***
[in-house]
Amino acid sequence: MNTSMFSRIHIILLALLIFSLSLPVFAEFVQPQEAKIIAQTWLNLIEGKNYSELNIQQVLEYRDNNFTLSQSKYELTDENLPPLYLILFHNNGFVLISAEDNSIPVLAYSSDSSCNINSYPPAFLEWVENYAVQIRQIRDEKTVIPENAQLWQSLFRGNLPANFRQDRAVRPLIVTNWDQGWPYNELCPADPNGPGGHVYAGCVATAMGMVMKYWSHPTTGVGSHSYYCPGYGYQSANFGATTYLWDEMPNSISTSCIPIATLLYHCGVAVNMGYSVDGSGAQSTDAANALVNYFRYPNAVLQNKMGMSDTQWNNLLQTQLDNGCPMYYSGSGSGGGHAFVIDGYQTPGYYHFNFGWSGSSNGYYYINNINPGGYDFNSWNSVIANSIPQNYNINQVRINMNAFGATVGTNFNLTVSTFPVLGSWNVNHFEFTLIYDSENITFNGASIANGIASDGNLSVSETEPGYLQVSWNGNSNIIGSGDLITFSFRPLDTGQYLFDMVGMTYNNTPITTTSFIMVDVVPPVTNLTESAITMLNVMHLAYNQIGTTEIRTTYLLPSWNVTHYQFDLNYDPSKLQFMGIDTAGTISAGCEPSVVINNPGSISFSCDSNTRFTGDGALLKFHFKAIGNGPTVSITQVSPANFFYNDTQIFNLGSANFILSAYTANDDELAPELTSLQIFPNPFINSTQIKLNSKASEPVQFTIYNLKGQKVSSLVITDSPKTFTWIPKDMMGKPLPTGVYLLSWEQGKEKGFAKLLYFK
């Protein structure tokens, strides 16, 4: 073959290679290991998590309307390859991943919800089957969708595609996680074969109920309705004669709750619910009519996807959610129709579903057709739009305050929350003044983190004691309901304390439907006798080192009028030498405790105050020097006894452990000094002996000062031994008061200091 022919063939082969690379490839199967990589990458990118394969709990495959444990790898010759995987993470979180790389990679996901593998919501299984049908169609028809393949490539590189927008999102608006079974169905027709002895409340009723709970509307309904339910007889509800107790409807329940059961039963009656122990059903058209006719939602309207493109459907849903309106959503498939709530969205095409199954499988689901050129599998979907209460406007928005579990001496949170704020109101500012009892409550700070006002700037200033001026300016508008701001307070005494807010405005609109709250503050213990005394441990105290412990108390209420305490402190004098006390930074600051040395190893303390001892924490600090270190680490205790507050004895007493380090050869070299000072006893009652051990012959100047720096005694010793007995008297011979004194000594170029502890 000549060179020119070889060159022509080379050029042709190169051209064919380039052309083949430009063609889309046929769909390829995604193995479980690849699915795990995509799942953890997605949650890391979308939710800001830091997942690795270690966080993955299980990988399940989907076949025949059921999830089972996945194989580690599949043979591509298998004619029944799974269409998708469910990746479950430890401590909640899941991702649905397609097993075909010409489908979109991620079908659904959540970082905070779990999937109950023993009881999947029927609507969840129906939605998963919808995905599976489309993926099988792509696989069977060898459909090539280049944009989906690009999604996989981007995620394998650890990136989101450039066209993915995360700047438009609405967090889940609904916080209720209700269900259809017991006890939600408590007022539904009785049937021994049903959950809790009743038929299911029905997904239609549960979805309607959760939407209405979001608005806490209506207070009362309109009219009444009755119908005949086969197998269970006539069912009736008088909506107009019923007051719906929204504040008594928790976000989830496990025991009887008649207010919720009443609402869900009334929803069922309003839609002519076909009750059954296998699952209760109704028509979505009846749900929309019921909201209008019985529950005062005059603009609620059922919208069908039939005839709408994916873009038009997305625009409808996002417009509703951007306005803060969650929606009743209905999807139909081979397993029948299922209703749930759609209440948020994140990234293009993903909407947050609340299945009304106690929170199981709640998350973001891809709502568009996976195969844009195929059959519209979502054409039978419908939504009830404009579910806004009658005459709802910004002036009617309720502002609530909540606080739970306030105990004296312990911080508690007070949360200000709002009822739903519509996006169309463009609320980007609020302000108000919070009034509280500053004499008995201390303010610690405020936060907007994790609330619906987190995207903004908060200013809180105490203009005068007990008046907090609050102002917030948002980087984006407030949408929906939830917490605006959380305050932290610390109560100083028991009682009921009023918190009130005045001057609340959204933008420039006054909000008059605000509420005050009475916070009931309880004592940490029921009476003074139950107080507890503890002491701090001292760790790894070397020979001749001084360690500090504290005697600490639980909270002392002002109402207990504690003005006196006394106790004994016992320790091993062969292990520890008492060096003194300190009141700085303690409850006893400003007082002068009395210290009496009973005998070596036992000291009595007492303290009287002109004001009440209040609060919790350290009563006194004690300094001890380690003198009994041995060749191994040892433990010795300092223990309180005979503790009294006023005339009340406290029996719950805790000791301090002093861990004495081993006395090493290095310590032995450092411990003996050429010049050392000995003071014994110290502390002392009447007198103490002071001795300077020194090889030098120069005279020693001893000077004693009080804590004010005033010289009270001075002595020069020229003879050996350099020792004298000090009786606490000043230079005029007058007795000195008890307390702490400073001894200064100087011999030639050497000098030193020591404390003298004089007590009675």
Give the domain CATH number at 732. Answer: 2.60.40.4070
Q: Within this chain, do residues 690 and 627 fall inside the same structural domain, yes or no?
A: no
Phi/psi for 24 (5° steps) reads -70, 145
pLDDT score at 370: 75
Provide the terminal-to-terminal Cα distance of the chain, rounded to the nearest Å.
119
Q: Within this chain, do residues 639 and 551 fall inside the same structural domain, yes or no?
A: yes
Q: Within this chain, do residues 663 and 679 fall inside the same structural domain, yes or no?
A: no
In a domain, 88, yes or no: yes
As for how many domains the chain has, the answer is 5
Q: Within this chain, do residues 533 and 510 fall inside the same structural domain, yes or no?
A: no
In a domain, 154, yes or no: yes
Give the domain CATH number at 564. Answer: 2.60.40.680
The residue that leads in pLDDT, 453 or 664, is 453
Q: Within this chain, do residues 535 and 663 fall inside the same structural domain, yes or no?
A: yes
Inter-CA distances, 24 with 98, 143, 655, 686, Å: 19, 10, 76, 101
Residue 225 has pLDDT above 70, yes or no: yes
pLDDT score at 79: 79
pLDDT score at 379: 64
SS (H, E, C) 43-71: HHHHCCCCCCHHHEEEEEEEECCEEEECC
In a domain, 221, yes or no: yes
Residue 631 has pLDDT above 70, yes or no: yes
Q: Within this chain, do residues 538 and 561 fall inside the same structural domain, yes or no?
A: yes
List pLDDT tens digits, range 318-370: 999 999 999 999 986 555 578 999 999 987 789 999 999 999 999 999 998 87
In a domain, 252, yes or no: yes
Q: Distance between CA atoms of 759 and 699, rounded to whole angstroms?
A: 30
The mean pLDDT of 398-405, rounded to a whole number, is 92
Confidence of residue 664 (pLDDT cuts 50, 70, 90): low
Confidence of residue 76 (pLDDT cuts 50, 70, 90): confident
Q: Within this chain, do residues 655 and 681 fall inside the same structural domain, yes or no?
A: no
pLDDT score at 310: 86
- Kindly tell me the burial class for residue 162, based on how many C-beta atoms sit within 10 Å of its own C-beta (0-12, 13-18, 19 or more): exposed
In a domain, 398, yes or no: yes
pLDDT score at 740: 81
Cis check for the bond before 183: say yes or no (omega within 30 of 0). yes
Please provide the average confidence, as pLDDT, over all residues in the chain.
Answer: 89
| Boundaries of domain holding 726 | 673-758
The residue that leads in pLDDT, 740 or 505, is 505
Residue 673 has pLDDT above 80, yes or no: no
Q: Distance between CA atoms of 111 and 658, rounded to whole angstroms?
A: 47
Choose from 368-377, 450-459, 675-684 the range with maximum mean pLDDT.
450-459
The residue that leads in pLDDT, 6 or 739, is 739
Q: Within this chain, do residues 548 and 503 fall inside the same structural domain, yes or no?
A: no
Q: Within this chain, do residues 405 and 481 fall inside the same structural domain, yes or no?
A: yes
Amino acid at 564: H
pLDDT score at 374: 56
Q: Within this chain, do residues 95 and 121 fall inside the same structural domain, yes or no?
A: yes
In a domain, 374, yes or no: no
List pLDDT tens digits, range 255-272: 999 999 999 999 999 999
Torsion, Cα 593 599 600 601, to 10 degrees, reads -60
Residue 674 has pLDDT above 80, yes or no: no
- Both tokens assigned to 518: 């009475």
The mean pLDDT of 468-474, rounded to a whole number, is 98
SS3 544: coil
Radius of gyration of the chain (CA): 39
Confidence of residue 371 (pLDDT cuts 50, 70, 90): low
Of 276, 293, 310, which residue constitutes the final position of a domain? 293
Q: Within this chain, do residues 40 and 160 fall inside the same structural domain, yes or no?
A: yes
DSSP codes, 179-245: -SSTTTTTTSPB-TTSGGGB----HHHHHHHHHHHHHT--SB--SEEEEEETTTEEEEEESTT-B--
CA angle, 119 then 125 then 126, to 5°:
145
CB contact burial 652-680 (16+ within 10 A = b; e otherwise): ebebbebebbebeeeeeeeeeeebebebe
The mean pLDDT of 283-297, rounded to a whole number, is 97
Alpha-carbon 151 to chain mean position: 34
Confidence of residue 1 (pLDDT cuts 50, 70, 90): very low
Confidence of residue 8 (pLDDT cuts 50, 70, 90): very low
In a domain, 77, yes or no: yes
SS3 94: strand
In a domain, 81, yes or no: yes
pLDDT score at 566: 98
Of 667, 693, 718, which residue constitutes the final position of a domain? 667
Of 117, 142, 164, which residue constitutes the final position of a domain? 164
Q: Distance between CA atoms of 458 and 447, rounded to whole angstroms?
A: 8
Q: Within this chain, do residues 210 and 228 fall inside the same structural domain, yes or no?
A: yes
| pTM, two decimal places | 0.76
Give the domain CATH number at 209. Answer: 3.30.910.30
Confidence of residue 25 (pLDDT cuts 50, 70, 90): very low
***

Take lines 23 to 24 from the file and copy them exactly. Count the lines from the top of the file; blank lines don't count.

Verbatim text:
A: yes
Inter-CA distances, 24 with 98, 143, 655, 686, Å: 19, 10, 76, 101